What are ‘leading questions’ in UX tests and how can you avoid them?
A guide to leading questions, with advice on how you can be mindful of your phrasing and avoid wording pitfalls that can cloud your UX test.
What are leading questions?
In social science research, a leading question encourages a person to give a particular answer. Leading questions are not ideal for research because they introduce bias and influence the way participants respond.
Leading questions are also relevant to courtroom eyewitness testimonies. For example, if an examiner asks a witness whether he was home on the night of the murder, that’s a leading question. The phrasing assumes a murder indeed took place, and leads the witness to answer in a way that directly relates to his home. Hmm, sneaky.
Why do leading questions matter for UX testing?
Your job as a UX researcher is to uncover truth and honesty. Your job is to gather user feedback that isn’t coloured by your own hopes or expectations. Your job is to listen, and to be deliberate with your words and actions.
People often tell you things they think you want to hear. It’s driven by natural kindness, which is theoretically very nice! But if your survey or interview questions lead participants to give inaccurate answers, you might miss important UX insights.
Imagine the following scenario. You meet a research participant, Sally, and introduce yourself as a UX researcher. You say, “Thank you so much, Sally, for agreeing to participate in this research. I’m so excited to get feedback on this app. The team has worked very hard on it, and we know you’re going to love it.” Then, imagine you conclude your research session by asking Sally if there was anything she did not like about the app. She answers, “No, not really!”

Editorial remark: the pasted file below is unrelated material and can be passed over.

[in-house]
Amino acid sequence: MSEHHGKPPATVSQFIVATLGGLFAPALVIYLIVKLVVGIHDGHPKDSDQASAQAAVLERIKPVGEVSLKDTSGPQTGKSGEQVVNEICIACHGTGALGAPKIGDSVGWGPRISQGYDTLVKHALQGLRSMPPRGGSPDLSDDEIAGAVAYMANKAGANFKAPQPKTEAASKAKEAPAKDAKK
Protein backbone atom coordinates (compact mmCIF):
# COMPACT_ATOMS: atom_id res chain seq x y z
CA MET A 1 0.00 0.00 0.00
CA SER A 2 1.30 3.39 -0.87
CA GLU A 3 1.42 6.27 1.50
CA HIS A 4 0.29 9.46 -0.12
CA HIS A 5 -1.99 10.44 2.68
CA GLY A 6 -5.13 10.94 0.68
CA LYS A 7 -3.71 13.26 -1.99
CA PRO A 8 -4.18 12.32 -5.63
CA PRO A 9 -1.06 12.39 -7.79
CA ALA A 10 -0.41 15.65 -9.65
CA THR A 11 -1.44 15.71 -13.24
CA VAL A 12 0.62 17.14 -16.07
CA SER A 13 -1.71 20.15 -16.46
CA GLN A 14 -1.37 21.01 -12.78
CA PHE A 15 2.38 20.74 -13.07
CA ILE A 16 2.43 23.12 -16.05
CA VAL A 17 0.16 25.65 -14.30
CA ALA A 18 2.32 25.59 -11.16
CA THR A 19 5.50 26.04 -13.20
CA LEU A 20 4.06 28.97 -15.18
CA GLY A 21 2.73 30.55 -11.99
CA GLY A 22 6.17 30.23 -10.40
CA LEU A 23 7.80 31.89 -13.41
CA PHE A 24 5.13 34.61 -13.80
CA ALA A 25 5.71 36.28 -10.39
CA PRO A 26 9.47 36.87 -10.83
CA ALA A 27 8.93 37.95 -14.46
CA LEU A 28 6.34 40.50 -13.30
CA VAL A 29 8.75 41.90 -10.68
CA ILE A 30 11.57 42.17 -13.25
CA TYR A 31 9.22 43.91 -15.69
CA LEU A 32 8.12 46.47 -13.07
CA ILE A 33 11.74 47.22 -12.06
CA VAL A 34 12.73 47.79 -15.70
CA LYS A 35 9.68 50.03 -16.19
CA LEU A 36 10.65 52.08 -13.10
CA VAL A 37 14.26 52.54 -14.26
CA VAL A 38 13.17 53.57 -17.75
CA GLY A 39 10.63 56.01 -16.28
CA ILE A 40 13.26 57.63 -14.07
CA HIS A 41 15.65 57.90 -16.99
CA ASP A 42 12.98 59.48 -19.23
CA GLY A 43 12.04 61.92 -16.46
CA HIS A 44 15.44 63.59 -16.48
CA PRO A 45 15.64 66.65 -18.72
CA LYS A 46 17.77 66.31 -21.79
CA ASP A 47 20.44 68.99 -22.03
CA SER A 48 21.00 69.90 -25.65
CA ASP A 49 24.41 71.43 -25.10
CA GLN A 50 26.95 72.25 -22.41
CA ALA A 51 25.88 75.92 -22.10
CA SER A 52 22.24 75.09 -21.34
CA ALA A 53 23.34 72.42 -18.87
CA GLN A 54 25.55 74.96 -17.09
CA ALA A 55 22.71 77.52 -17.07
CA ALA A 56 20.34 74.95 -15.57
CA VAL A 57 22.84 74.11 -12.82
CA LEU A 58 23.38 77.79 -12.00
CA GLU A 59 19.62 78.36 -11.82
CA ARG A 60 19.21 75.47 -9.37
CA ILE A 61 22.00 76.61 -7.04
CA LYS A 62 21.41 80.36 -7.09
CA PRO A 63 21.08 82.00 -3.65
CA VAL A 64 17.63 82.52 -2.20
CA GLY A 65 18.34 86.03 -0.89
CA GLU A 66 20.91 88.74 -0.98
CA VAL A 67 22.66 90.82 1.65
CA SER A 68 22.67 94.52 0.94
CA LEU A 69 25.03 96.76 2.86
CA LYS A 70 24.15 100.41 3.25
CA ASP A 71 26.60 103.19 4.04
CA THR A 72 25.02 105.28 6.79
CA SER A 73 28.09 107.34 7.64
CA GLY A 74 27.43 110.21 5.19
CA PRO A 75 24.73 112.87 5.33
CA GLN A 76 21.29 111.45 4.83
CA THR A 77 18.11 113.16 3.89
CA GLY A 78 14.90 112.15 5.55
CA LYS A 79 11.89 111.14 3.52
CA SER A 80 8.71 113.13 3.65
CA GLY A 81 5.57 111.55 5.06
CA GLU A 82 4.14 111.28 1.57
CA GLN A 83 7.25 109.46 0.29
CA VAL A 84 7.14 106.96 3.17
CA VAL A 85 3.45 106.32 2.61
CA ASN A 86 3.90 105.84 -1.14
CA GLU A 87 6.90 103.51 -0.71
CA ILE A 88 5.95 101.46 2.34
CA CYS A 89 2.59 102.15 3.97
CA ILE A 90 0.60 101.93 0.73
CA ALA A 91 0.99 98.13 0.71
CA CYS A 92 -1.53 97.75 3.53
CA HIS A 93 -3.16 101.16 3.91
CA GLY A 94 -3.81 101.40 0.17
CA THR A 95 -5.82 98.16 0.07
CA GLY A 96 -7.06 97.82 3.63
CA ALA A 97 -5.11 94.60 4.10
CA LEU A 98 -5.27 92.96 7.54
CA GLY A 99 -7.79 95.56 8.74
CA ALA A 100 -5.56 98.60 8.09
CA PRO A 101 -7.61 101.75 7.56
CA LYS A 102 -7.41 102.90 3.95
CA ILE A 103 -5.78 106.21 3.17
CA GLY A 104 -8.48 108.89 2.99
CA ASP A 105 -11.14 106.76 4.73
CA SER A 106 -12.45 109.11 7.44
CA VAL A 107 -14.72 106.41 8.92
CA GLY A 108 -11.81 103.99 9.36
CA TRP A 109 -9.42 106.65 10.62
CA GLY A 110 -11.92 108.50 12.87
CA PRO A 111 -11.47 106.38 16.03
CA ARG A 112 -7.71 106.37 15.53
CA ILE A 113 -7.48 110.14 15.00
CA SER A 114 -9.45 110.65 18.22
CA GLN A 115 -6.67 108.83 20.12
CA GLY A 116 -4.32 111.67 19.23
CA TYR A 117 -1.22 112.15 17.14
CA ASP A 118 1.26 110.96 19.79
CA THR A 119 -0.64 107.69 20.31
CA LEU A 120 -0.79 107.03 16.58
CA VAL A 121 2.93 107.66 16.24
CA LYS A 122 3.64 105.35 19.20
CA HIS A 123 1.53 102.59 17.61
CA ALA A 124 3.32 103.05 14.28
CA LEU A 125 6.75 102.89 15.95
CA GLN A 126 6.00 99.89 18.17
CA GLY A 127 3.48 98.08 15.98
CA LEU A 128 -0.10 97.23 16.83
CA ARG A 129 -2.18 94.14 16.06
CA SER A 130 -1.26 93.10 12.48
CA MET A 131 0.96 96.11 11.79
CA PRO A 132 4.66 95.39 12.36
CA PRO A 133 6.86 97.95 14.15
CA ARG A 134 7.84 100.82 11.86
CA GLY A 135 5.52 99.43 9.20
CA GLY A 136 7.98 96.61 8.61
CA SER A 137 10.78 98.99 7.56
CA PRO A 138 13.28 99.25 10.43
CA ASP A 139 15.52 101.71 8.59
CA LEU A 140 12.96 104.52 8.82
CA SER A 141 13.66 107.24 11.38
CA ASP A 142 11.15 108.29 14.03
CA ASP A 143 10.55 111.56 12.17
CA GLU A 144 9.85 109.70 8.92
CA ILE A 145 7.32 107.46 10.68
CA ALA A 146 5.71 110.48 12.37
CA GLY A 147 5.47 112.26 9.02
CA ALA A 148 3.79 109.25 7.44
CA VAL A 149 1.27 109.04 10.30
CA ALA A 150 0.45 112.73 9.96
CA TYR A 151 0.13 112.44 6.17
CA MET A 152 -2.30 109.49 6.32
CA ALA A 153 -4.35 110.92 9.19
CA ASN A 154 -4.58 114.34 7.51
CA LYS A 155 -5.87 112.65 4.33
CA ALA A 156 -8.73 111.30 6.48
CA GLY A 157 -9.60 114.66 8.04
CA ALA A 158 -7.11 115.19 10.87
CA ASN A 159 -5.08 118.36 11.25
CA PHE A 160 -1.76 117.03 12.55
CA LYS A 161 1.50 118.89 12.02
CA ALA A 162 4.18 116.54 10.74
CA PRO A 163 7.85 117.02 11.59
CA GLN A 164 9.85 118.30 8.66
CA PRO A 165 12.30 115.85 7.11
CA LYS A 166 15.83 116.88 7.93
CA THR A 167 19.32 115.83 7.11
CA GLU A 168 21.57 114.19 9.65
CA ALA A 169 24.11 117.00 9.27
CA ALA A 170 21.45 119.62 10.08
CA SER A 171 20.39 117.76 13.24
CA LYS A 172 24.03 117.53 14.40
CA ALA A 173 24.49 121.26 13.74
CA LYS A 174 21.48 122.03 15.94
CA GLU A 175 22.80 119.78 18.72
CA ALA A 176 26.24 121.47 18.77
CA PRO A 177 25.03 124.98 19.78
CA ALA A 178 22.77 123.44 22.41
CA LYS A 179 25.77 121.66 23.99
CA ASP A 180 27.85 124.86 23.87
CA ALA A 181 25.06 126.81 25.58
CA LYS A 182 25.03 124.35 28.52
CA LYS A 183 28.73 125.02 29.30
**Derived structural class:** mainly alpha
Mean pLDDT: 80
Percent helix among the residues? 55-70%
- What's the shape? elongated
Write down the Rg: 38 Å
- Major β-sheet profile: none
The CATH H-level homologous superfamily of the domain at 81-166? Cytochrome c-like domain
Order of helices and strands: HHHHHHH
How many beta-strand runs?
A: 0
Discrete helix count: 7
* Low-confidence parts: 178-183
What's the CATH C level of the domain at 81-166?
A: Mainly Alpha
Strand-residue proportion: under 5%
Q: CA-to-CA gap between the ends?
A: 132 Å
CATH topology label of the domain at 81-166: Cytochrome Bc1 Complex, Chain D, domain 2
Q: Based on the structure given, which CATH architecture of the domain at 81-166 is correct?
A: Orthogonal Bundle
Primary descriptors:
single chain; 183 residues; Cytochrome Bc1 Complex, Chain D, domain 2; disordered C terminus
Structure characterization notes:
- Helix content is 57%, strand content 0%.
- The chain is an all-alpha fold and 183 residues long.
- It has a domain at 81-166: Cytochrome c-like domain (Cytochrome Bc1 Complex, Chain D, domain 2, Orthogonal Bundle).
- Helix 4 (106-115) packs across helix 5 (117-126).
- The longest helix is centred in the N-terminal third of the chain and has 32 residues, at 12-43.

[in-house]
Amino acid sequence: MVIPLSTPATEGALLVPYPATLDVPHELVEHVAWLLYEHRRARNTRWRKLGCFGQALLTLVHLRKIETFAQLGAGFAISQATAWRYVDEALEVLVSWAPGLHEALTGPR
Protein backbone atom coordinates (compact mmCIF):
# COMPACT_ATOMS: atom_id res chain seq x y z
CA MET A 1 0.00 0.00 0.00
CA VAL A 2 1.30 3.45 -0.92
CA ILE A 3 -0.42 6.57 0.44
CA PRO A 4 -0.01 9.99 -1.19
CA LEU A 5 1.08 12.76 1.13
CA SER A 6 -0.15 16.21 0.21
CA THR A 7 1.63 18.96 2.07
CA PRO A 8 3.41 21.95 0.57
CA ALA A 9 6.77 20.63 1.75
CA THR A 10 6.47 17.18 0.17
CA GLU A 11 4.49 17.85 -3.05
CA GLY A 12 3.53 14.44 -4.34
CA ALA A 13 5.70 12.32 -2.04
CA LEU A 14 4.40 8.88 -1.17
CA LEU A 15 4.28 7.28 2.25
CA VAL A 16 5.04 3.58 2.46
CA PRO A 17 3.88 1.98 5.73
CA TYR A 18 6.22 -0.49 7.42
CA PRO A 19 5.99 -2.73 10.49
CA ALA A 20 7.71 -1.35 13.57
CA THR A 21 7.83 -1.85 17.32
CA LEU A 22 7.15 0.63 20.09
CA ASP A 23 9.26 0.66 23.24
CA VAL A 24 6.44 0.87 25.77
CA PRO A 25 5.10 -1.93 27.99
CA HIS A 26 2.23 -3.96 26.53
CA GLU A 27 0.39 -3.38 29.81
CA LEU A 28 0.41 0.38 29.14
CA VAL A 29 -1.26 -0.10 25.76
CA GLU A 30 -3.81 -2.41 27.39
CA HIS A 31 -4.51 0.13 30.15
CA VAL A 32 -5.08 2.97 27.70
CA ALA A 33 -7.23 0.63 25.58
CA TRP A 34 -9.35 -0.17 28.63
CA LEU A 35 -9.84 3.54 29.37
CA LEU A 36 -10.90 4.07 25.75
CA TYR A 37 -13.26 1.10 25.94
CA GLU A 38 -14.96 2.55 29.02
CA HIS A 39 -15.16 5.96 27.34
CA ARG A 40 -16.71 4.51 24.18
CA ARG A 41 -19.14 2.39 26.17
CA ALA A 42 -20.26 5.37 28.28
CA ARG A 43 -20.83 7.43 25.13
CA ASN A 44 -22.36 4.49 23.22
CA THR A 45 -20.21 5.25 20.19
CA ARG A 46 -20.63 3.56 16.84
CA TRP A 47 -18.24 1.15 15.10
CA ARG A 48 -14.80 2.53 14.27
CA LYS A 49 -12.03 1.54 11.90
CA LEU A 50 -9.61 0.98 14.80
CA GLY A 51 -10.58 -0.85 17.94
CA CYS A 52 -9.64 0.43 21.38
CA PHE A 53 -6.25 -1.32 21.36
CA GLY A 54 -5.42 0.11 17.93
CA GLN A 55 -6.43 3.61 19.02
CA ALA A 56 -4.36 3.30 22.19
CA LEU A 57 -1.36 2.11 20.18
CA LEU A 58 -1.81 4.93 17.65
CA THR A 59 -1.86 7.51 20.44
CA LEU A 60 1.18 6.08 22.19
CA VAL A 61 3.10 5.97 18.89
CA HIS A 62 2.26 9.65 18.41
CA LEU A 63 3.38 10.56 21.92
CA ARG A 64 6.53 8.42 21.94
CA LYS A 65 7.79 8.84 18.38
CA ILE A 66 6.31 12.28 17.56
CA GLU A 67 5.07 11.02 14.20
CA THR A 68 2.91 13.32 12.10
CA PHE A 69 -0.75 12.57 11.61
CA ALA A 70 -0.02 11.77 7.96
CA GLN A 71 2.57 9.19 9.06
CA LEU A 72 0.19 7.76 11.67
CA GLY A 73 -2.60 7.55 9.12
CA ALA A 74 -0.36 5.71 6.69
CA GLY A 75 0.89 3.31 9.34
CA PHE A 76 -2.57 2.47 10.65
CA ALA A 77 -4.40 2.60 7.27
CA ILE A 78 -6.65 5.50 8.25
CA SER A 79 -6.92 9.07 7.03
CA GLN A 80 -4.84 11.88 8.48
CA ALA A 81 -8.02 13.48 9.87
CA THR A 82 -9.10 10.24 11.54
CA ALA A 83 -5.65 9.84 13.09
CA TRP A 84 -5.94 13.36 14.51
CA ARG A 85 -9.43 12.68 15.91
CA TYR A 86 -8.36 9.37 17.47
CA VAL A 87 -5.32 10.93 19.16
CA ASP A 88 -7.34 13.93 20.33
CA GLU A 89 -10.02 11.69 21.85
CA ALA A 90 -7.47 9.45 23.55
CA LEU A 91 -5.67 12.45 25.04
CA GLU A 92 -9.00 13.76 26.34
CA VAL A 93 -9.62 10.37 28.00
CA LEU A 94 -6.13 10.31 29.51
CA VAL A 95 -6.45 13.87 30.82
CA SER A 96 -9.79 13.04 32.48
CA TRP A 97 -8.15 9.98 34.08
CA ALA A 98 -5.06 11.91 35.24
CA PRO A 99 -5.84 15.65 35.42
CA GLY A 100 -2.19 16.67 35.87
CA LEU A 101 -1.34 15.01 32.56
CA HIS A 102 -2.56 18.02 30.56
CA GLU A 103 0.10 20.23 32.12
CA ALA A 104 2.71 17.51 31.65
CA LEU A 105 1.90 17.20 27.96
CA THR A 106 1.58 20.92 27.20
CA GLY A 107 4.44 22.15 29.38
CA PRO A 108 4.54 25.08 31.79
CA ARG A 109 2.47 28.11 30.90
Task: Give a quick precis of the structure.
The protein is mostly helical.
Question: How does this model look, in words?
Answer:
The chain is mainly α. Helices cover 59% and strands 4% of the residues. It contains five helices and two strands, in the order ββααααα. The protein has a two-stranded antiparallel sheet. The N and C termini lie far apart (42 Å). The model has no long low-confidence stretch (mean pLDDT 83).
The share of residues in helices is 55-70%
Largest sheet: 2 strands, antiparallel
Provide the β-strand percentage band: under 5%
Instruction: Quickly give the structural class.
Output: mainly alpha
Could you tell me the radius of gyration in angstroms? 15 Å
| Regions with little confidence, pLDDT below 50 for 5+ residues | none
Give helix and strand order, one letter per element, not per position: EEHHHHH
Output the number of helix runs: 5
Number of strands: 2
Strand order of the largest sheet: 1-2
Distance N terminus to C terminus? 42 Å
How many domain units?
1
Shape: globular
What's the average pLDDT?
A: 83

Notice a problem? Sally went into this UX test already thinking a few things. First, you’ve probably given her high expectations for your app, and second, she doesn’t want to disappoint you or hurt your feelings!
Although it’s great to be polite and personable, it’s not a good idea to introduce too much emotion and personal expectations. Even worse, leading questions, like the one that gave Sally a hunch that you wanted her to respond favorably, led to responses that are not particularly true or useful. Strive to remain neutral and ask open questions.
Let’s look at specific examples
It’s easy enough to understand how leading questions are bad for UX tests, but leading questions can be tricky beasts. Here is a list of questions. Which ones do you think are leading?
- Would you rather use the old version or this improved version of the website?
- What did you expect would happen when you pressed that button?
- How would you normally perform this task, without this tool?
- Do you find this feature frustrating to use?
- Would you use this product if it were in your house?
- What are some pros and cons of these designs?
Now, let’s break them down.
- Would you rather use the old version or this improved version of the website? This is a leading question. By calling one version “improved,” you are already tricking participants’ brains into thinking that one is better than the other. It’s probably better to just call them Version A and Version B, or something like that.
- What did you expect would happen when you pressed that button? This is a good question, especially when the user has already pressed the button so you are not suggesting they do so. This question keys into the user’s mental model for how the product works.
- How would you normally perform this task, without this tool? This is another perfectly good question. It’s actually a really useful one, too, because it gives you extra context and juicy information about the problems you are trying to solve with the product.